Fear of the Lord does not mean we are to cower in expectation of severe punishment for sin (real or imagined) at every turn. This healthy fear, rather, recognizes the awesomeness of God and our littleness comparatively (see here). Kempis brings this up (1,20) in the context of a clear conscience and the virtues and grace the great saints exhibited — safeguarding their “security” in an honest assessment of their status in God’s friendship was the humility that must accompany these gifts of the Almighty.
The psalmist also recognizes this (Ps 33:4-5, 18-19, 20, 22). The refrain, which happens to be the last line of the psalm, summarizes the entire psalm perfectly:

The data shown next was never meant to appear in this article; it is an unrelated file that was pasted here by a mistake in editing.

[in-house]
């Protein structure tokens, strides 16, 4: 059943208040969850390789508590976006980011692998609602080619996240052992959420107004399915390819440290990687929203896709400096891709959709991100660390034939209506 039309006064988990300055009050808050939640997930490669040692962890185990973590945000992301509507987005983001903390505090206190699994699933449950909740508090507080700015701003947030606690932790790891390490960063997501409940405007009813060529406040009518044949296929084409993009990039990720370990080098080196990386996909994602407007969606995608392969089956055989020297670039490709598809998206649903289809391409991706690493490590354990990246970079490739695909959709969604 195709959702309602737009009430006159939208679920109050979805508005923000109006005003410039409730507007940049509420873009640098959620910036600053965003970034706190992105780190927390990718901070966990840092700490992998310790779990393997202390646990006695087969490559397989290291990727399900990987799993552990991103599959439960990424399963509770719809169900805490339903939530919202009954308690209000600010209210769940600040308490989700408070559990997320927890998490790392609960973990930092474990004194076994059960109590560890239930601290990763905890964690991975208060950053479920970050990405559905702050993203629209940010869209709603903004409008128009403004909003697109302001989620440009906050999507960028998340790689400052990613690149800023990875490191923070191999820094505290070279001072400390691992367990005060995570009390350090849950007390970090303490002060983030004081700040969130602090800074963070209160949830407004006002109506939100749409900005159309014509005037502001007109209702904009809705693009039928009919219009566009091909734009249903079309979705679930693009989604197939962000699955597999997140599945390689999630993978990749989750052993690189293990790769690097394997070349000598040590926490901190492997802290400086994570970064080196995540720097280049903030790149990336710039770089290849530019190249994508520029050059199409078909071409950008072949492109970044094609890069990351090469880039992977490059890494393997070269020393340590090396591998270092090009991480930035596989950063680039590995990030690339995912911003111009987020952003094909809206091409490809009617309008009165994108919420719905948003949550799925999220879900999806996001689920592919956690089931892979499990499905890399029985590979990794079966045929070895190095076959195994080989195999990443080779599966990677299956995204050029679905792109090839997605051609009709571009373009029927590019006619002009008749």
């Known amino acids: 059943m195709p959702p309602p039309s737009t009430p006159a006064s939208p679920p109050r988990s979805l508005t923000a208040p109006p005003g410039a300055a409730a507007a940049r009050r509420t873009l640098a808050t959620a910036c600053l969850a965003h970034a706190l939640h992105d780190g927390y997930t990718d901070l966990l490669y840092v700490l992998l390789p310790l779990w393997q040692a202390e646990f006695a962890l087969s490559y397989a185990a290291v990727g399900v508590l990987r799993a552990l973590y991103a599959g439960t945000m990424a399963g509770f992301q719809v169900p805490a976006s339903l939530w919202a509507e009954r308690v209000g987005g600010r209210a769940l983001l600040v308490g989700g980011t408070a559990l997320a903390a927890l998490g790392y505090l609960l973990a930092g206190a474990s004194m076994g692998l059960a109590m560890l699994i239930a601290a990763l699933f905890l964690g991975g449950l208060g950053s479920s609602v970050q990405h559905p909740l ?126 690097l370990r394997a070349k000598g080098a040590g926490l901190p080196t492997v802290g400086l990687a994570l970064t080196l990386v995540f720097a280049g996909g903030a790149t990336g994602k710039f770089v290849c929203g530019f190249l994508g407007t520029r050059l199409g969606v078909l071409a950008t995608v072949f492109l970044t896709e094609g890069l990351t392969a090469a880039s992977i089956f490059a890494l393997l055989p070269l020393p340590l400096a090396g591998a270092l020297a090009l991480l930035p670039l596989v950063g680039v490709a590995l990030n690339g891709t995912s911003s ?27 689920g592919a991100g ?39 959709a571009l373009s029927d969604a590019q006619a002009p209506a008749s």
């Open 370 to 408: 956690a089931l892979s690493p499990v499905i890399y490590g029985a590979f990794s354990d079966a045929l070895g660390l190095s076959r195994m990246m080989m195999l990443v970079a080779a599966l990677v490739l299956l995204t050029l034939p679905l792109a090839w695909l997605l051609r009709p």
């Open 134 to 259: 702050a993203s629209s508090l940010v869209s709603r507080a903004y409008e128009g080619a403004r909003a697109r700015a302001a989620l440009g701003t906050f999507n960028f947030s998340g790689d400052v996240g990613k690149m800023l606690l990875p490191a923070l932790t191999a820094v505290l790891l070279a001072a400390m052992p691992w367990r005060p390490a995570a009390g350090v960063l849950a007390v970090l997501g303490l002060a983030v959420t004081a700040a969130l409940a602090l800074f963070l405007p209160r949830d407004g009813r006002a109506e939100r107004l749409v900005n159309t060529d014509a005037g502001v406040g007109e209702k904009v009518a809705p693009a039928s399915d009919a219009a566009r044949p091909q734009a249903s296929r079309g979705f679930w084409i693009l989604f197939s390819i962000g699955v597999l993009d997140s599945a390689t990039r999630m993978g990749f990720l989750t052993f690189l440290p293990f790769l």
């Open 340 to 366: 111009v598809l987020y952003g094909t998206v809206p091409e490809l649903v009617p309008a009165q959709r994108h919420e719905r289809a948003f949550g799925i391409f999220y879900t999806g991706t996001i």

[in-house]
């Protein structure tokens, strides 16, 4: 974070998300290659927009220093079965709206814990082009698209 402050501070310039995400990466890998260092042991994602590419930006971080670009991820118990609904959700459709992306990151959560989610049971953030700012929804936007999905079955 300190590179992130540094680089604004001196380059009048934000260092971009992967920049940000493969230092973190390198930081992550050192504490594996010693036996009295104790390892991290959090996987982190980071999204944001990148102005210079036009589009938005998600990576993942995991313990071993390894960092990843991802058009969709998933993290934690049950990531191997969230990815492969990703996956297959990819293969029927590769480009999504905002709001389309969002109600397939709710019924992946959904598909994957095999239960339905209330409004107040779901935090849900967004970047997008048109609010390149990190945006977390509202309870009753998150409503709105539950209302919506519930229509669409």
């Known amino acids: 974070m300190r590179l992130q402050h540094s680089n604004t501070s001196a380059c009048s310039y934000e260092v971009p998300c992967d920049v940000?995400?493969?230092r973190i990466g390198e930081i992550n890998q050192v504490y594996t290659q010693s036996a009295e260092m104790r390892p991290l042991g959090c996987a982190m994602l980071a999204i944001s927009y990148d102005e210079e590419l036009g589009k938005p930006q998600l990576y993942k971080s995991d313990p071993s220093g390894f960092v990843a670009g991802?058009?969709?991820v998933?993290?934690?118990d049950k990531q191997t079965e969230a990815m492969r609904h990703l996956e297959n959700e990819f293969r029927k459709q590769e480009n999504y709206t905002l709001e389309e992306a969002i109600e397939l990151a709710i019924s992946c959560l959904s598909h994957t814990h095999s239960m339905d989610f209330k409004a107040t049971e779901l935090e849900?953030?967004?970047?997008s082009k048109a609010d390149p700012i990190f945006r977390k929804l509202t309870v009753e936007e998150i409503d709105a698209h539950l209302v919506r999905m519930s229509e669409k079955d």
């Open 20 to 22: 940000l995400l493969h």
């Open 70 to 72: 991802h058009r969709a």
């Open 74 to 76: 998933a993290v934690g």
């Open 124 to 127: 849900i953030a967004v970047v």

Lord, let your mercy be on us, as we place our trust in you. (v. 22)
Father God wants our complete trust. He wants us humble so He can raise us up (see Lk 14:10-11 and Mt 19:30 among many examples in Scripture). When our perspective is in proper alignment (God is God and we’re not), then we wish to do God’s will, not our own, placing Him above all things and accepting everything that comes our way in complete trust in His wisdom and mercy.